Focus on food and cover for late-season deer hunting success
“Oh, baby it’s cold outside”…
As hunters embark upon the winter woodlots for late-season deer, this popular holiday tune may still be on their minds — especially if their flintlock or bow of choice is frozen to their hands.
While low temperatures in late-season are never a guarantee, it’s fair to bank on cold weather; and as wet as the year has been thus far, precipitation very well may be in the mix before the season’s end, too.
Hunting after the holidays can be difficult in terms of weathering the elements, but it’s also still a decent opportunity to fill a tag for those willing to put in the extra time and effort.
Think about it – with cold weather comes the need to stay warm. That means deer will be hitting the feed heavily (wherever it is still available) and heading for winter thermal cover en masse to remain comfortable during the storm. With all that in mind, hunters should focus their efforts on hunting both food and cover to be successful in the late season.
So, which food sources are hot when the weather turns cold? High-calorie offerings typically are the best option this time of year. If you still have access to standing corn, soybeans or turnips, deer are almost certain to be hitting these crops on a daily basis.
Since the pressure of firearms season has subsided, deer will visit these fields freely and often choose to bed nearby if thermal cover is readily available. A simple observation with binoculars from afar can confirm daytime feed patterns, but if the ground is white with snow, it might be worth an early afternoon walk to confirm where the deer are entering and exiting the field. Hoof prints, digging marks and well-worn trails don’t lie.
If you haven’t been able to keep your eyes on the location prior to the season, hang a trail camera to see if the deer are visiting the field during daylight hours. If they are, hang a stand along the field edge on a downwind side of the trail and be ready for action whenever they are consistently feeding, which could be early morning, late evening, or even during mid-day when temperatures warm a bit.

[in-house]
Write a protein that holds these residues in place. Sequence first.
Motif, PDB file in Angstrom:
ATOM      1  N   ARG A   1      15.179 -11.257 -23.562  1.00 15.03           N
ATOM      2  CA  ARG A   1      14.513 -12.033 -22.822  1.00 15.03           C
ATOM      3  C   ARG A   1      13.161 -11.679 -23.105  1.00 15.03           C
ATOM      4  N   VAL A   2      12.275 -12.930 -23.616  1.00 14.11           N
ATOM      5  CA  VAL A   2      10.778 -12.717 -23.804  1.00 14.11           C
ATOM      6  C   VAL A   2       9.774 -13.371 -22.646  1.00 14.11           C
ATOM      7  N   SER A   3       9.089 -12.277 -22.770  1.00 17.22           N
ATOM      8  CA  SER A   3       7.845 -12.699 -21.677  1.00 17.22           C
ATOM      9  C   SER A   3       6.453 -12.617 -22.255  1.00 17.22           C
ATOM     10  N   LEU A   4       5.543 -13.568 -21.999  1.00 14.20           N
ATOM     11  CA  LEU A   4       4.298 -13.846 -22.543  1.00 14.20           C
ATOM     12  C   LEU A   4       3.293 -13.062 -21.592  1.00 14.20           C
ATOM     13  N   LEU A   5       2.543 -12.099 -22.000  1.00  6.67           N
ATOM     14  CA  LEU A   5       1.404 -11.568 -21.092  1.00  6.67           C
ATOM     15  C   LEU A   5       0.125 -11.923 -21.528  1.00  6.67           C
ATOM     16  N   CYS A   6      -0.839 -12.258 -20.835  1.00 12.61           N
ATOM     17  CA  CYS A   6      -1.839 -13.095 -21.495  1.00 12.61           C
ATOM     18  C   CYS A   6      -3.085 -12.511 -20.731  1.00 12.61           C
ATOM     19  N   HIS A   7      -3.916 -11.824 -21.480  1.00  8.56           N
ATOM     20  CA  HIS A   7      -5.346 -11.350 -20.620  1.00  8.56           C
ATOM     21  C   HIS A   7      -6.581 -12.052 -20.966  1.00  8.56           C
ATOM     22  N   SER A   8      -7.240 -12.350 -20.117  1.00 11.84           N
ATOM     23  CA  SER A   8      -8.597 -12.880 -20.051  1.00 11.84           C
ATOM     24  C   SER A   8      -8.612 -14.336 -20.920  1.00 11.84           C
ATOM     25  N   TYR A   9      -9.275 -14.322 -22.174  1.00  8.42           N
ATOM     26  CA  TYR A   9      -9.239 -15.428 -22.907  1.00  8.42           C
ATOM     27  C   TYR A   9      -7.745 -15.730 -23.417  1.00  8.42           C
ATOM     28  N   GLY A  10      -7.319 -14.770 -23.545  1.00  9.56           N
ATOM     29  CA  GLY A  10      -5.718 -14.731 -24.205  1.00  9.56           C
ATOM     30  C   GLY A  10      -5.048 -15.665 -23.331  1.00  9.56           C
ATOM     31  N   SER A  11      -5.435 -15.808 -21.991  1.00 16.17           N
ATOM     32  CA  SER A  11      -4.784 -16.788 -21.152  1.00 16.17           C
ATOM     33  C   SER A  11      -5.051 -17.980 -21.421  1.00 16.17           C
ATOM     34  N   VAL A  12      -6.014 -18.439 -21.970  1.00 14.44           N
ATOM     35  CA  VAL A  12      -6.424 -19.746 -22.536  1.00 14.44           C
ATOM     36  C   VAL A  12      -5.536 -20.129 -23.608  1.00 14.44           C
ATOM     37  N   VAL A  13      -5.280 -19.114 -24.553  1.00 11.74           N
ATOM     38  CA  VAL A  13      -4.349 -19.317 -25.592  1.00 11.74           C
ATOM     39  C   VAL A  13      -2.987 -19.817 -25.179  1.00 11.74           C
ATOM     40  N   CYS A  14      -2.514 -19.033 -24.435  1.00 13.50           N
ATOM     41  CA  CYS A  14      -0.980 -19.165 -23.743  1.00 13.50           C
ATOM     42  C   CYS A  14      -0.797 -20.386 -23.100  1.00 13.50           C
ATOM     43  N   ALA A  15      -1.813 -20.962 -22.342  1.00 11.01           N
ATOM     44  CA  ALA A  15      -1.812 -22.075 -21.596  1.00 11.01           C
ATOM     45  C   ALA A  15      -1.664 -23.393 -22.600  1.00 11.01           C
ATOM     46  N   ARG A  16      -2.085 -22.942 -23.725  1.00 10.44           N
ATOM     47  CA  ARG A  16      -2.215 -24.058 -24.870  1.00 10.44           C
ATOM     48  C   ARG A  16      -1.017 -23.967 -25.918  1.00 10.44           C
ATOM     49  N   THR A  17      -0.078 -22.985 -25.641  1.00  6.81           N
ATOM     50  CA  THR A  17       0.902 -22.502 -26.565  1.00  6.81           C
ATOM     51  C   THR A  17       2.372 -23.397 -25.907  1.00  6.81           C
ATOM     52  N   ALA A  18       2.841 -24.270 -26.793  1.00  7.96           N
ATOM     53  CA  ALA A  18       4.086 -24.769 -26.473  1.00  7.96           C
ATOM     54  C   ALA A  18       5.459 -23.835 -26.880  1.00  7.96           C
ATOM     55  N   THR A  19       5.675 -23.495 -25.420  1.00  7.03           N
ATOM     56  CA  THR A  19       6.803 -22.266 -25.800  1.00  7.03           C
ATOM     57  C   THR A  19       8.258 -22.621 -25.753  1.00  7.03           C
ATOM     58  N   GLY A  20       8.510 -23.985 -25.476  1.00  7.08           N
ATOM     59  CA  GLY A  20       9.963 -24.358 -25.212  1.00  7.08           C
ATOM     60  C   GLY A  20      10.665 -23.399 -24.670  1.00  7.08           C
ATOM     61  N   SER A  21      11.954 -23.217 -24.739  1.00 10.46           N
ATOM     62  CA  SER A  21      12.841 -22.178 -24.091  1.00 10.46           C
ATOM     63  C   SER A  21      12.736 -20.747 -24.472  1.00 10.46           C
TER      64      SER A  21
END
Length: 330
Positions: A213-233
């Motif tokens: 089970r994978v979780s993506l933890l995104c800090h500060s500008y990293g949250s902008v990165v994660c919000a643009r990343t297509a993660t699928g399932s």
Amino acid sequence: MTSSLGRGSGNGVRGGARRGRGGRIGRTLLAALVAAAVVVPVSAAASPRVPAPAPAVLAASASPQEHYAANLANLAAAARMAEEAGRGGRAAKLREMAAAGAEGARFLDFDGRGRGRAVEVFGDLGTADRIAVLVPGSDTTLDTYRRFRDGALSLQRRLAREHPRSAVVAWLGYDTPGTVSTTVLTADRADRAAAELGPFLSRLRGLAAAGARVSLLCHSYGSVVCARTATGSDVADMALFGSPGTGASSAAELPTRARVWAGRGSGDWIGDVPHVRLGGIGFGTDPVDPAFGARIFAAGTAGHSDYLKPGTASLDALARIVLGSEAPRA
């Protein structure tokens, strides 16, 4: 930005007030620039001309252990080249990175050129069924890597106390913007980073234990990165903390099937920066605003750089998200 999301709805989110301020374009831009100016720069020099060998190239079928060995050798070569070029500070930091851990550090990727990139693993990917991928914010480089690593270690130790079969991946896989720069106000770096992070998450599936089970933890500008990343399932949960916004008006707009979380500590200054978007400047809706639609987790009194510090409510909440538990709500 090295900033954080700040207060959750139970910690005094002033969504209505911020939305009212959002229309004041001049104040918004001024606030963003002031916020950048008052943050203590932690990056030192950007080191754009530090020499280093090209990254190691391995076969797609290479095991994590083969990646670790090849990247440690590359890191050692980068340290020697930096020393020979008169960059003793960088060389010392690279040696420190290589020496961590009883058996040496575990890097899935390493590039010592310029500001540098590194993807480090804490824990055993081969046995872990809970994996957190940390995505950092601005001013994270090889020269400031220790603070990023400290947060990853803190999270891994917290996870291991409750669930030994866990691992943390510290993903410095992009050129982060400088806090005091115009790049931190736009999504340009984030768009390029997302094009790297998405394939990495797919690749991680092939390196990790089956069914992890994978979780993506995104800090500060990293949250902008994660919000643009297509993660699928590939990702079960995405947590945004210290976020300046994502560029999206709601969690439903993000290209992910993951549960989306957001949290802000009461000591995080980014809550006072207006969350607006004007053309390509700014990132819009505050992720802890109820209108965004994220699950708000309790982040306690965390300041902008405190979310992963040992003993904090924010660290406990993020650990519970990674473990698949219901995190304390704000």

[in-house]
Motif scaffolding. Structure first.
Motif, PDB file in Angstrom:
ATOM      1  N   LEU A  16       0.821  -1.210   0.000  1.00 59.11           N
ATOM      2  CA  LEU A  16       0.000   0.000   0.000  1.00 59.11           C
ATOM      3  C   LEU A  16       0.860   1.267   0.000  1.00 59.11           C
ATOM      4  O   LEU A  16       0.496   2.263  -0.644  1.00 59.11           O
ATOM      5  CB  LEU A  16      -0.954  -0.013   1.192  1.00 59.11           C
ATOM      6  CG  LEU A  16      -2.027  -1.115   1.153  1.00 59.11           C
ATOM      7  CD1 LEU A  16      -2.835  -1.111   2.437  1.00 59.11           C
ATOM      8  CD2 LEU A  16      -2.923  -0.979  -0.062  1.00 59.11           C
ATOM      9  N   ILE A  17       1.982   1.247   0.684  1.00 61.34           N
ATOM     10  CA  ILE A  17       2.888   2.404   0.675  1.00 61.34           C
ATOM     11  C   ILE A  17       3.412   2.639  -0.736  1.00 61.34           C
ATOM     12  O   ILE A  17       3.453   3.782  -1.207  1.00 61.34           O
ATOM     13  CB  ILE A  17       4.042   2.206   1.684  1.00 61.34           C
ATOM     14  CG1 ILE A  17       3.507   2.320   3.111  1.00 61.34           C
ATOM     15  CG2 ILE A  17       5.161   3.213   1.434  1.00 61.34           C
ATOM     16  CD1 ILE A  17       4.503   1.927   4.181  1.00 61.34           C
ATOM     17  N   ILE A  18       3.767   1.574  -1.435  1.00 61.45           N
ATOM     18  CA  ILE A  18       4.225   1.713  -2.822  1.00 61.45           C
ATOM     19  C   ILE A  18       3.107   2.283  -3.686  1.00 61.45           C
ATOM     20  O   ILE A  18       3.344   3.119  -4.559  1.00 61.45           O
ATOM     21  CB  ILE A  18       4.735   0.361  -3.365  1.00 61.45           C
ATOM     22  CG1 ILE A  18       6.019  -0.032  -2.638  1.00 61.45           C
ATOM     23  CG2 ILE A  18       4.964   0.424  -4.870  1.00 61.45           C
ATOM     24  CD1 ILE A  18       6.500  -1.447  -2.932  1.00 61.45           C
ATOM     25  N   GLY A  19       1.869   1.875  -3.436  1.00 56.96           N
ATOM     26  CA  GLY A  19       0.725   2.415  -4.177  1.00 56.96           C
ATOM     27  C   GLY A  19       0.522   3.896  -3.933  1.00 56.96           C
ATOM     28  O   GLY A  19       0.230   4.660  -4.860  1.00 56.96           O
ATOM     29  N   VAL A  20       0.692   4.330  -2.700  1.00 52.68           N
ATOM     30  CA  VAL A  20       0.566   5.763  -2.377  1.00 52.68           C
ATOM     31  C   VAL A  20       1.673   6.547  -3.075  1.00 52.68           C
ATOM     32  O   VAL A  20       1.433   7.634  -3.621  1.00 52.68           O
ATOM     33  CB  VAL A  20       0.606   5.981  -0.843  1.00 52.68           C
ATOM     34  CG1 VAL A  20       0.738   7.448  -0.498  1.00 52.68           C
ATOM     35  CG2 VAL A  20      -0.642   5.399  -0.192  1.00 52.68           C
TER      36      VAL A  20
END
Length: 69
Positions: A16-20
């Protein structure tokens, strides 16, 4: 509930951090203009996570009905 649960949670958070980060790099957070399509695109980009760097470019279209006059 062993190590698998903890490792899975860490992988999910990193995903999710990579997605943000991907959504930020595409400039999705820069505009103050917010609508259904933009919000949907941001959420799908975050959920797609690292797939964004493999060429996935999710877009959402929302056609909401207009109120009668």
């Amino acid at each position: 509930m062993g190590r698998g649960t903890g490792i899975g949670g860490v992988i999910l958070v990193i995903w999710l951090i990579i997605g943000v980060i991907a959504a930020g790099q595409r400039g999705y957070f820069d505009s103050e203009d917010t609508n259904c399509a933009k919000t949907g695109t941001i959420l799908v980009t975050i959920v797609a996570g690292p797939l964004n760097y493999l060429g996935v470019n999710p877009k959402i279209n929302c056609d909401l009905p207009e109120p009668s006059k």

If they are only emerging after sundown, consider moving further into the woods, as they may be using this block of cover as a staging area to assess the opening prior to dusk. Whatever the case, try to be as quiet as possible while hanging your stand and keep in mind that you will stand out more with no foliage on the trees. If possible, try to select a tree with multiple limbs, or even an evergreen to better conceal your human form.
If mountainous terrain is more accessible, finding the feed may be a bit less predictable. Many deer will move lower on the mountain to feed in agricultural fields during the night and can be intercepted while moving back to their bedding areas in the morning. But if acorns still remain — especially along south facing, laurel- or hemlock-lined slopes, plan to park it right where the deer most certainly will stay.
During this time of year, whitetails will nibble browse heavily, but only after they have consumed the last of the protein-rich nuts that have fallen. Since it was a bumper year for chestnut oak acorns in many areas of the state, try to seek out stands of these big, hearty oaks and search for signs of feeding activity on leftover morsels.
If hunting companions are available, a slow, meticulous sneak through laurel and evergreens might roust a few deer toward a fellow hunter positioned along an escape trail. A Christmas tree farm can be a safe haven for deer this time of year, and you’d be surprised what might be bedded in there. Remember, you’re using a bow, so the key is to bump the deer gently and not send them fleeing at full speed. No sounds need to be made, and if the “driver” is stealthy enough, he or she may even get a shot at a bedded deer.
If archery hunting, it’s also wise to practice shooting your bow in cold weather hunting garments before heading afield. While the mechanics are all the same as early season shooting, overly bulky gloves and outerwear can impede drawing, aiming and releasing a bow. Be sure to try this on the practice range to make sure everything works smoothly and without obstruction, so you know all will go well when it counts.
The same goes with flintlock or crossbow hunters. It’s important to know your sporting arm is in good working condition and you feel comfortable and confident enough to be proficient at the time of the shot.
Snow definitely helps with any tracking job after the shot, as well as the drag out, but be sure to give your deer plenty of time to expire, even if it means an extra half hour in the cold. This is especially important if the ground it dry and crunchy, as a loud, hasty follow-up can push a deer unnecessarily.
Late-season hunting certainly has its challenges, but for those who hunt the food and cover, it also comes with great rewards. Hang tough as you weather the cold, and you just might be singing, “It’s the most wonderful time of the year,” while proudly placing your tag on a post-holiday whitetail.